Written by Jianping Liu, Xun Li and the CAM-Cancer Consortium.
Updated February 13, 2014

Green tea (Camellia sinensis)

Is it safe?

No severe adverse effects have been reported in association with medicinal use of green tea.31 According to the current systematic reviews/meta-analysis, drinking green tea appears to be safe at moderate, regular and habitual use. 

Adverse events 

One systematic review identified a total of 34 cases of hepatitis following the consumption of preparations containing green tea between 1999 and 2008, however the review concluded that the toxicity related to concomitant medications could also be involved.32 

According to the reports of clinical trials, adverse events such as diarrhoea,33 nausea and headache 34 are generally considered irrelevant with green tea consumption. However some other researchers suggest that there is presumably a relationship between side effects of nausea, emesis, insomnia, fatigue, diarrhoea, abdominal pain and confusion and green tea use although green tea is well tolerated in most parts.35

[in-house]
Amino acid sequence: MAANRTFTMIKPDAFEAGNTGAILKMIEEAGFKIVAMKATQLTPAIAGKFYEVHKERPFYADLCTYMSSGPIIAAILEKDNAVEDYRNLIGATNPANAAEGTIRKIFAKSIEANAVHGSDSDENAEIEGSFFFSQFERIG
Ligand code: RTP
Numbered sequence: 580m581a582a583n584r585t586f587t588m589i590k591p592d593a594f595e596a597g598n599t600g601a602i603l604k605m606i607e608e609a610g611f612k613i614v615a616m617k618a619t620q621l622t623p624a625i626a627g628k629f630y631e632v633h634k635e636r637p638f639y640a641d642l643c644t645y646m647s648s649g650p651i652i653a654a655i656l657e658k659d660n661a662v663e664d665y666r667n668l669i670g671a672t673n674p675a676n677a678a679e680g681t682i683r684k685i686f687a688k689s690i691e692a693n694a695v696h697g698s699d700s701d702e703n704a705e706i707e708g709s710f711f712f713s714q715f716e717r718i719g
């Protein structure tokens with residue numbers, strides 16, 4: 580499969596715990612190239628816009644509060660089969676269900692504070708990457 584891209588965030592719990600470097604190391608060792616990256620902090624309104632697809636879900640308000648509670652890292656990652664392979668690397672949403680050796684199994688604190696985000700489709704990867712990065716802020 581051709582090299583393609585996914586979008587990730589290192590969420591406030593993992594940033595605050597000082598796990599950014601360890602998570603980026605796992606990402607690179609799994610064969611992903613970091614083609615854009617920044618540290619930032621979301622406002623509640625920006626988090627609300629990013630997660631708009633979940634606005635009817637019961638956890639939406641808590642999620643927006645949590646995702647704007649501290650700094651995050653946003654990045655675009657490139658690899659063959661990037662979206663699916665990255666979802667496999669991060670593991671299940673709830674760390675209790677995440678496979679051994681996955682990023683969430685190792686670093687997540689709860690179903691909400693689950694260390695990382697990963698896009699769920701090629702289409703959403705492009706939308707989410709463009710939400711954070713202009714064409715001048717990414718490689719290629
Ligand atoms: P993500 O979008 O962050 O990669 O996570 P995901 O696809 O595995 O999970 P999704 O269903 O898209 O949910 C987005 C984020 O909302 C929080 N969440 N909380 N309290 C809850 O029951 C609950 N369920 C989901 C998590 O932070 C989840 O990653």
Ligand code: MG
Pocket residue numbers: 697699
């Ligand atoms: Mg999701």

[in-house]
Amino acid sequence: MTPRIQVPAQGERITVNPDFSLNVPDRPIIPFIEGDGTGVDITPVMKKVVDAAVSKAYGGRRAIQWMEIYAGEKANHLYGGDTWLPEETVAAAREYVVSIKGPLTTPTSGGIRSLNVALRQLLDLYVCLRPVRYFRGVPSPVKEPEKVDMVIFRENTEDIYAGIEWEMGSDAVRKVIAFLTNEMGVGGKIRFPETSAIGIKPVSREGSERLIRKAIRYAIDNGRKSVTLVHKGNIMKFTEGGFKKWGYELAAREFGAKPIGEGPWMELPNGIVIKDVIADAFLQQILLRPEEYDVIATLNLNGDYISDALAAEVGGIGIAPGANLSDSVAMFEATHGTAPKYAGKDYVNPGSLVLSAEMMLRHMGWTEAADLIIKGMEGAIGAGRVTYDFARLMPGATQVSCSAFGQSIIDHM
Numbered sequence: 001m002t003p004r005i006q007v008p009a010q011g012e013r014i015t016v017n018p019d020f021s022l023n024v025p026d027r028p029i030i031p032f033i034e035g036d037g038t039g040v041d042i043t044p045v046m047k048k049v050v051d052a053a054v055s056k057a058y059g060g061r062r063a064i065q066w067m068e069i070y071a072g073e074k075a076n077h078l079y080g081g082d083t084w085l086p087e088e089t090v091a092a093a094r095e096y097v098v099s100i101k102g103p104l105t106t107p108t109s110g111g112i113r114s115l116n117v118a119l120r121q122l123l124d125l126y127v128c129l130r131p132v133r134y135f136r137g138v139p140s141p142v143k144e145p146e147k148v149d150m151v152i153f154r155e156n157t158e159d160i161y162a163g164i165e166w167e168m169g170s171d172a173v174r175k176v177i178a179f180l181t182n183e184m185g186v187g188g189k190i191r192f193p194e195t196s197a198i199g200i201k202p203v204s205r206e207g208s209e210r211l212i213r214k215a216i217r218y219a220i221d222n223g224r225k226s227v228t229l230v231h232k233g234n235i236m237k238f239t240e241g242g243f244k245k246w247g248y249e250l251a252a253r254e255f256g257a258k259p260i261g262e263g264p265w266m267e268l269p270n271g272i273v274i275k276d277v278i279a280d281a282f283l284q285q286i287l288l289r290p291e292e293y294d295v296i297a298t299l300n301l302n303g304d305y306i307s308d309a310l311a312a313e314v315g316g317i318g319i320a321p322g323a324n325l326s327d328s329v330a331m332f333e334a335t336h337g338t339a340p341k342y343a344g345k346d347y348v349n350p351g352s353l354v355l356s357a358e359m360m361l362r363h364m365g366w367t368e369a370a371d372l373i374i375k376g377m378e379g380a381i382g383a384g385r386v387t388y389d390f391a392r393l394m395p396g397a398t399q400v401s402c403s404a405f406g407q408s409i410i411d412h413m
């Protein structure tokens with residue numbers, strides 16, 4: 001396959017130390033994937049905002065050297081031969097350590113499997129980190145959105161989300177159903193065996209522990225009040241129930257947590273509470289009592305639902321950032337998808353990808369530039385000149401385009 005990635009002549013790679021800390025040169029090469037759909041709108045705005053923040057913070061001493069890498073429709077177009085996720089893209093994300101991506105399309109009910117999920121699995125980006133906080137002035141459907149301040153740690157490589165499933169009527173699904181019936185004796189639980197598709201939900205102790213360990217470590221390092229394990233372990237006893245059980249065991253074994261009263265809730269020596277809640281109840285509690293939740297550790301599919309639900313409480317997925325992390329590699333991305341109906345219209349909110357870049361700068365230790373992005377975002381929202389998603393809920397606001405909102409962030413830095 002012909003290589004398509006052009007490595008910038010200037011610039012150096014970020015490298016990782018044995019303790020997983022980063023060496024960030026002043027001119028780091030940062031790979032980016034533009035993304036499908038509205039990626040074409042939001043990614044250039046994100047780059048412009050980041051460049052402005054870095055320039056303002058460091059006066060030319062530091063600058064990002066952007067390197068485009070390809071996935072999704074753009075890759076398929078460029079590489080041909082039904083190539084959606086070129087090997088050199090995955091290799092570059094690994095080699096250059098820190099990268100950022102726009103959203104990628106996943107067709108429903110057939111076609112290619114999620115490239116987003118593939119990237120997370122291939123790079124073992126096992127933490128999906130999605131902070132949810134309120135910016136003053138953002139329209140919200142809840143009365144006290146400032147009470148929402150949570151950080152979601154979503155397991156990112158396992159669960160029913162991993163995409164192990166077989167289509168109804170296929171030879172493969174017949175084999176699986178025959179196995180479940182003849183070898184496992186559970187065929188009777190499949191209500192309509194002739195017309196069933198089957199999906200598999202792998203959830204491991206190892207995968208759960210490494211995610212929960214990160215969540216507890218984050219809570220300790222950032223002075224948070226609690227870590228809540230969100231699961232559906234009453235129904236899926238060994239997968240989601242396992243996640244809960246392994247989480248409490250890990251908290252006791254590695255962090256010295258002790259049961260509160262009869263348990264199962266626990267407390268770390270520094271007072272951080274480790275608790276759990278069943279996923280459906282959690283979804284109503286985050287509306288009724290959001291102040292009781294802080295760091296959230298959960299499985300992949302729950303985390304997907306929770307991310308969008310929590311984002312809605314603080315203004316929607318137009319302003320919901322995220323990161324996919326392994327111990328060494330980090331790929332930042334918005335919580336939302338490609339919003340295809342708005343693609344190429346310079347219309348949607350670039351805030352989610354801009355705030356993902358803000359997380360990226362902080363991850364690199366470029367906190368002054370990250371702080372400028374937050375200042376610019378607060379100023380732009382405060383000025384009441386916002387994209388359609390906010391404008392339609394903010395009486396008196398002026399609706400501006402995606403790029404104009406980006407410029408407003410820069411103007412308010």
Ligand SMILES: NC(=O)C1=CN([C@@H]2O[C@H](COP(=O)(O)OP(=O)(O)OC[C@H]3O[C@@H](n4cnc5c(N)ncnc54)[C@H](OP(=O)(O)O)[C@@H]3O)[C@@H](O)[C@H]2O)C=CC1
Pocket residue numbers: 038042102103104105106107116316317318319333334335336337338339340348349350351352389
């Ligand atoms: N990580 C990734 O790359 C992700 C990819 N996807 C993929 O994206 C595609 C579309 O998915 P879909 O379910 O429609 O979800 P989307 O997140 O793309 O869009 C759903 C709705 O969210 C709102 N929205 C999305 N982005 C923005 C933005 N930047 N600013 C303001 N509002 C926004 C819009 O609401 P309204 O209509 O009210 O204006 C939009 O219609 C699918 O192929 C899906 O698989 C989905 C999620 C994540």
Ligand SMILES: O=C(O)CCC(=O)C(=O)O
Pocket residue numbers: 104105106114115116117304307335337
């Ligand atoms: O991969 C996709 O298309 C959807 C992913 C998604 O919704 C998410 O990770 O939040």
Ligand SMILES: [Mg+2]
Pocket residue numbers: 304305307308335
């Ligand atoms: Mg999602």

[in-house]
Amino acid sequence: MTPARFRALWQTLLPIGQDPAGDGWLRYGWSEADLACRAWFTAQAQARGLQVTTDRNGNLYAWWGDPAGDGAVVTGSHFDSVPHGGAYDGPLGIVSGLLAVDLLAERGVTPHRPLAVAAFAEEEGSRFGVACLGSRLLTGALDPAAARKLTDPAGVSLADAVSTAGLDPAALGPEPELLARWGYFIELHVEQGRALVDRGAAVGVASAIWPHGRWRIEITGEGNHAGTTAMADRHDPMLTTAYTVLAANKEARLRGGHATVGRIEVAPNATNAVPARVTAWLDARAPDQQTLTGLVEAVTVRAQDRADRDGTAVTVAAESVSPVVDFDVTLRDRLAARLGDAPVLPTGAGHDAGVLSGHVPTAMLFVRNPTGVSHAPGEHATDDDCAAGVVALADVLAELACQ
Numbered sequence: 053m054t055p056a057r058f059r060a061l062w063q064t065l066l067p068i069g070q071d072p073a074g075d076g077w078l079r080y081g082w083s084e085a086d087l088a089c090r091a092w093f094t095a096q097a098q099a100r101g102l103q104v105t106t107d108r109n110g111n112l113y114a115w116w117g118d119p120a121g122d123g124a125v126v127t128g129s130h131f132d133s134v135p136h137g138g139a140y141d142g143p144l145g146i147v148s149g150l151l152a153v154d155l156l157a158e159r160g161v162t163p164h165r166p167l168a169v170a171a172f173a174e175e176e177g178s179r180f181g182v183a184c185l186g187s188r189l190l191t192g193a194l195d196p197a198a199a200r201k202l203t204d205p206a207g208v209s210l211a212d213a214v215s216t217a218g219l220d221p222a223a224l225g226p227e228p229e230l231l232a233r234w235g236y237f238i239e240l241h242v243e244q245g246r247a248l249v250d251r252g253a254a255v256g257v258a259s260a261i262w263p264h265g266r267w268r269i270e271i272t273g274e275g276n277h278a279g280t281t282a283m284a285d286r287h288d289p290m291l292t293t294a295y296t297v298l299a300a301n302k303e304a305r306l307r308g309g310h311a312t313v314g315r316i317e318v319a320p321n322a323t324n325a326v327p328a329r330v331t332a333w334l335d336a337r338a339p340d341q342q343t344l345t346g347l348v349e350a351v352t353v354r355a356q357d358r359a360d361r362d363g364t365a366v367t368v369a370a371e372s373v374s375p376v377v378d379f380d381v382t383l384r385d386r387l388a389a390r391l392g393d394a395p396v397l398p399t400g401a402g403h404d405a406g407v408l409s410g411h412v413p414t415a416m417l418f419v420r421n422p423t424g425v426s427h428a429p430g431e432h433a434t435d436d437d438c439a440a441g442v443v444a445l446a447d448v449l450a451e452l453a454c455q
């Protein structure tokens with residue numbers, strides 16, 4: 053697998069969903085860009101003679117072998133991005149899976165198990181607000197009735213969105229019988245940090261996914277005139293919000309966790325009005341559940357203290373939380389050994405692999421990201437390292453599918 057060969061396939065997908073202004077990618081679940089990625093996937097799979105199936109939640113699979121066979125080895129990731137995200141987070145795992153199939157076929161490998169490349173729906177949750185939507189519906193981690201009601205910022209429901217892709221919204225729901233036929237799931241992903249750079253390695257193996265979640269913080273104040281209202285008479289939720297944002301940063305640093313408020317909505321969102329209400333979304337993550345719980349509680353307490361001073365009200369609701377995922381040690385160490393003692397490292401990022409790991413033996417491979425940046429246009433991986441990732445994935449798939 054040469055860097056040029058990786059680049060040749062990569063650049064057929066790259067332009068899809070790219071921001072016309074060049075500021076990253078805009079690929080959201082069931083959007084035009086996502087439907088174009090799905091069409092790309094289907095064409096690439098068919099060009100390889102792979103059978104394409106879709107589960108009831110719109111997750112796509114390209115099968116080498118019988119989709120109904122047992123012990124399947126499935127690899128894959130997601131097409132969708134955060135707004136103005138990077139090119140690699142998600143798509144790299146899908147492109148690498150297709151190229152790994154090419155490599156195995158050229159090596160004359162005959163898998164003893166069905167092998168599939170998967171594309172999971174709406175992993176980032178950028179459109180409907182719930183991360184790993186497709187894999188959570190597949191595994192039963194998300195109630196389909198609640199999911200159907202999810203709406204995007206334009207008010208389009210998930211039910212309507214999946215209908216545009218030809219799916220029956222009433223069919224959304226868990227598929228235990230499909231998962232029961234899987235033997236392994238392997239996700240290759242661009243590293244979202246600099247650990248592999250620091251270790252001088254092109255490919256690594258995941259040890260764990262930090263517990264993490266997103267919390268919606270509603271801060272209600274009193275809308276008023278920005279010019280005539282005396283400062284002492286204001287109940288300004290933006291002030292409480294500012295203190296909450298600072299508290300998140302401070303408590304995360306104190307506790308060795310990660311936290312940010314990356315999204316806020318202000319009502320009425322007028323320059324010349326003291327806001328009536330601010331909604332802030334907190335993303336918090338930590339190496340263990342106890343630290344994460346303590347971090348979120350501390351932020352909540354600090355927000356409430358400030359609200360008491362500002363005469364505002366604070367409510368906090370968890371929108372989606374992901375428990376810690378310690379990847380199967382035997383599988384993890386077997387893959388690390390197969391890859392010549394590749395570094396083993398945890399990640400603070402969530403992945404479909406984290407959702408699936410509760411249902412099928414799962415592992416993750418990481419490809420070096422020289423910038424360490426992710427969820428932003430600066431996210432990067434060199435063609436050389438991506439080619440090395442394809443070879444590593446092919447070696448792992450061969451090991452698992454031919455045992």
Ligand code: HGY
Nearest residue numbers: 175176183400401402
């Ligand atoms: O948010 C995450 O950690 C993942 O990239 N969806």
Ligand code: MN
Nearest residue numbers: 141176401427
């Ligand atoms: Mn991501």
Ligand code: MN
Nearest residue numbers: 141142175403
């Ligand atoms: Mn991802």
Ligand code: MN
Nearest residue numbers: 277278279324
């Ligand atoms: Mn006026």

Clinical pharmacokinetic and animal toxicological information indicated that consumption of green tea concentrated extracts on an empty stomach was more likely to lead to adverse effects than consumption after food. 


Green tea can act as an antioxidant and induce superoxide dismutase enzyme, which could scavenge the free oxygen radicals generated by radiotherapy.36 Green tea consumption was shown to increase the plasma concentration of 5-FU in a pharmacokinetic study in rats and in vitro.37 Conclusions from existing pre-clinical studies regarding potential antagonism between bortezomib and green tea components are inconsistent.38 39 


Pregnant women, nursing mothers and patients with cardiac problems are usually advised to avoid or limit their intake to two cups daily.40 People with known allergy or hypersensitivity to caffeine or tannin should avoid green tea.31 


Consumption of high doses of green tea or green tea extract (equivalent to five litres per day) may cause nausea, vomiting, abdominal bloating and pain, dyspepsia, flatulence, and diarrhoea. Excess consumption of caffeine from green tea may also cause central nervous system stimulation such as dizziness, insomnia, tremors, restlessness and confusion, and diuresis, irregularities in heart rate, and psychomotor agitation. 31

Citation Jianping Liu, Xun Li , CAM-Cancer Consortium. Green tea (Camellia sinensis) [online document]. http://ws.cam-cancer.org/The-Summaries/Herbal-products/Green-tea-Camellia-sinensis. February 13, 2014.


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